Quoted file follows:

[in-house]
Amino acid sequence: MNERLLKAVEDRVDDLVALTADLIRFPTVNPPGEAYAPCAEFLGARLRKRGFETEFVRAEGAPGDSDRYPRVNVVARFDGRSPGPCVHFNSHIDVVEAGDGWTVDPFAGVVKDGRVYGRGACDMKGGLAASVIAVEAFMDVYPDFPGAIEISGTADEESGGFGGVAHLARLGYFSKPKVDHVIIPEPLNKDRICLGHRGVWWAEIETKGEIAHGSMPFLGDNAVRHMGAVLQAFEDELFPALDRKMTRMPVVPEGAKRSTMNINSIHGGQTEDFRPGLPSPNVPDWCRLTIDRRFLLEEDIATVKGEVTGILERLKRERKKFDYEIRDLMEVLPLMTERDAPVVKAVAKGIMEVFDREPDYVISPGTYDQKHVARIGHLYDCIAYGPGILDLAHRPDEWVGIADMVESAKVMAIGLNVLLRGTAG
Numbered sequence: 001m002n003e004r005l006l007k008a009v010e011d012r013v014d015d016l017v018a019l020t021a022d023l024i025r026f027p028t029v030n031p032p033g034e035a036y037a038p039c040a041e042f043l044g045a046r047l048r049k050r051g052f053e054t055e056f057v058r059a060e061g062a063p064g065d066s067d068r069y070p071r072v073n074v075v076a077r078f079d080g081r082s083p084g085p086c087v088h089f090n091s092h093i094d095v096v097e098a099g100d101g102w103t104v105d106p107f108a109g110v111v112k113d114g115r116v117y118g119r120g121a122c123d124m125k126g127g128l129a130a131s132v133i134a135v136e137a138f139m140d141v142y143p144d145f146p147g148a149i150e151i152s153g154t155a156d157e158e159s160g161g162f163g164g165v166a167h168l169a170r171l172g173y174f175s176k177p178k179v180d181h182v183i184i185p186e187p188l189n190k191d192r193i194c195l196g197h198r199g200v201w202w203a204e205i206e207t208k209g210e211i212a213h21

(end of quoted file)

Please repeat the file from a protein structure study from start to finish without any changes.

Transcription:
[in-house]
Amino acid sequence: MNERLLKAVEDRVDDLVALTADLIRFPTVNPPGEAYAPCAEFLGARLRKRGFETEFVRAEGAPGDSDRYPRVNVVARFDGRSPGPCVHFNSHIDVVEAGDGWTVDPFAGVVKDGRVYGRGACDMKGGLAASVIAVEAFMDVYPDFPGAIEISGTADEESGGFGGVAHLARLGYFSKPKVDHVIIPEPLNKDRICLGHRGVWWAEIETKGEIAHGSMPFLGDNAVRHMGAVLQAFEDELFPALDRKMTRMPVVPEGAKRSTMNINSIHGGQTEDFRPGLPSPNVPDWCRLTIDRRFLLEEDIATVKGEVTGILERLKRERKKFDYEIRDLMEVLPLMTERDAPVVKAVAKGIMEVFDREPDYVISPGTYDQKHVARIGHLYDCIAYGPGILDLAHRPDEWVGIADMVESAKVMAIGLNVLLRGTAG
Numbered sequence: 001m002n003e004r005l006l007k008a009v010e011d012r013v014d015d016l017v018a019l020t021a022d023l024i025r026f027p028t029v030n031p032p033g034e035a036y037a038p039c040a041e042f043l044g045a046r047l048r049k050r051g052f053e054t055e056f057v058r059a060e061g062a063p064g065d066s067d068r069y070p071r072v073n074v075v076a077r078f079d080g081r082s083p084g085p086c087v088h089f090n091s092h093i094d095v096v097e098a099g100d101g102w103t104v105d106p107f108a109g110v111v112k113d114g115r116v117y118g119r120g121a122c123d124m125k126g127g128l129a130a131s132v133i134a135v136e137a138f139m140d141v142y143p144d145f146p147g148a149i150e151i152s153g154t155a156d157e158e159s160g161g162f163g164g165v166a167h168l169a170r171l172g173y174f175s176k177p178k179v180d181h182v183i184i185p186e187p188l189n190k191d192r193i194c195l196g197h198r199g200v201w202w203a204e205i206e207t208k209g210e211i212a213h21